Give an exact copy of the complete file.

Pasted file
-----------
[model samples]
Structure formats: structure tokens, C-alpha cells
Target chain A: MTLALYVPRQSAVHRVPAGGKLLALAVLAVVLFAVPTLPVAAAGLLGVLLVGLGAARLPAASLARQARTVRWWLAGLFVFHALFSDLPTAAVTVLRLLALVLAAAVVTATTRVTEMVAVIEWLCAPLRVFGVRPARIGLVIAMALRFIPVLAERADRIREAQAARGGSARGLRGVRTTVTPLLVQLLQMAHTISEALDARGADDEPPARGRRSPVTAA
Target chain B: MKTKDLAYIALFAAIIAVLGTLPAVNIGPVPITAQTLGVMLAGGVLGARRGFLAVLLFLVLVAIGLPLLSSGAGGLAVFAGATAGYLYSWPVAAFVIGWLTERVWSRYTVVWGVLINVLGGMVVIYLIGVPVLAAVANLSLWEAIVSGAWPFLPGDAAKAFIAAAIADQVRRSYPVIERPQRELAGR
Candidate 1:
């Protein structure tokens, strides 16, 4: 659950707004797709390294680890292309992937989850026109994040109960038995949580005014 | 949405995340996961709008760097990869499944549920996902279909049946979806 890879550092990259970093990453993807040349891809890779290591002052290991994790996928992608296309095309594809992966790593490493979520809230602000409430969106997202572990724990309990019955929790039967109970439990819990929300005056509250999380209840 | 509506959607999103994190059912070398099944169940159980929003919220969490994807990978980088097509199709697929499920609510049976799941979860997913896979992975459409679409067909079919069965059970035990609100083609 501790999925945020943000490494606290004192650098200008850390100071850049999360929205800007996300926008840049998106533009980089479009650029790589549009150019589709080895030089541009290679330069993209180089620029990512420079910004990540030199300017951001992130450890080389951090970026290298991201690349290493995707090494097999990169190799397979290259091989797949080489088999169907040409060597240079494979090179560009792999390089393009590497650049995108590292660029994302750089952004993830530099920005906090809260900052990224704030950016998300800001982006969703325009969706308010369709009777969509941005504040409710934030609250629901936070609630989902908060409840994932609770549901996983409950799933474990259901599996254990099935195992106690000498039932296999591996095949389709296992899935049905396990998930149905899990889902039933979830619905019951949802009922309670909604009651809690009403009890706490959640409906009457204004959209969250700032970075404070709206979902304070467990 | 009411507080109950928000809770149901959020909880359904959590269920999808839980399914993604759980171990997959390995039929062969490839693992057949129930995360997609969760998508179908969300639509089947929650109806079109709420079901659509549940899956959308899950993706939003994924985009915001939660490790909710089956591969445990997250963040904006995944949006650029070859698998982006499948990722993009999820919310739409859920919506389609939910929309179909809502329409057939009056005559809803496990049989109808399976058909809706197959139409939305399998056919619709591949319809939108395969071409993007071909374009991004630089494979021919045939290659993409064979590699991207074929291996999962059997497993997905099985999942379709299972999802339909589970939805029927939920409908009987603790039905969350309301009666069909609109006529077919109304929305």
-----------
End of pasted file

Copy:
[model samples]
Structure formats: structure tokens, C-alpha cells
Target chain A: MTLALYVPRQSAVHRVPAGGKLLALAVLAVVLFAVPTLPVAAAGLLGVLLVGLGAARLPAASLARQARTVRWWLAGLFVFHALFSDLPTAAVTVLRLLALVLAAAVVTATTRVTEMVAVIEWLCAPLRVFGVRPARIGLVIAMALRFIPVLAERADRIREAQAARGGSARGLRGVRTTVTPLLVQLLQMAHTISEALDARGADDEPPARGRRSPVTAA
Target chain B: MKTKDLAYIALFAAIIAVLGTLPAVNIGPVPITAQTLGVMLAGGVLGARRGFLAVLLFLVLVAIGLPLLSSGAGGLAVFAGATAGYLYSWPVAAFVIGWLTERVWSRYTVVWGVLINVLGGMVVIYLIGVPVLAAVANLSLWEAIVSGAWPFLPGDAAKAFIAAAIADQVRRSYPVIERPQRELAGR
Candidate 1:
């Protein structure tokens, strides 16, 4: 659950707004797709390294680890292309992937989850026109994040109960038995949580005014 | 949405995340996961709008760097990869499944549920996902279909049946979806 890879550092990259970093990453993807040349891809890779290591002052290991994790996928992608296309095309594809992966790593490493979520809230602000409430969106997202572990724990309990019955929790039967109970439990819990929300005056509250999380209840 | 509506959607999103994190059912070398099944169940159980929003919220969490994807990978980088097509199709697929499920609510049976799941979860997913896979992975459409679409067909079919069965059970035990609100083609 501790999925945020943000490494606290004192650098200008850390100071850049999360929205800007996300926008840049998106533009980089479009650029790589549009150019589709080895030089541009290679330069993209180089620029990512420079910004990540030199300017951001992130450890080389951090970026290298991201690349290493995707090494097999990169190799397979290259091989797949080489088999169907040409060597240079494979090179560009792999390089393009590497650049995108590292660029994302750089952004993830530099920005906090809260900052990224704030950016998300800001982006969703325009969706308010369709009777969509941005504040409710934030609250629901936070609630989902908060409840994932609770549901996983409950799933474990259901599996254990099935195992106690000498039932296999591996095949389709296992899935049905396990998930149905899990889902039933979830619905019951949802009922309670909604009651809690009403009890706490959640409906009457204004959209969250700032970075404070709206979902304070467990 | 009411507080109950928000809770149901959020909880359904959590269920999808839980399914993604759980171990997959390995039929062969490839693992057949129930995360997609969760998508179908969300639509089947929650109806079109709420079901659509549940899956959308899950993706939003994924985009915001939660490790909710089956591969445990997250963040904006995944949006650029070859698998982006499948990722993009999820919310739409859920919506389609939910929309179909809502329409057939009056005559809803496990049989109808399976058909809706197959139409939305399998056919619709591949319809939108395969071409993007071909374009991004630089494979021919045939290659993409064979590699991207074929291996999962059997497993997905099985999942379709299972999802339909589970939805029927939920409908009987603790039905969350309301009666069909609109006529077919109304929305």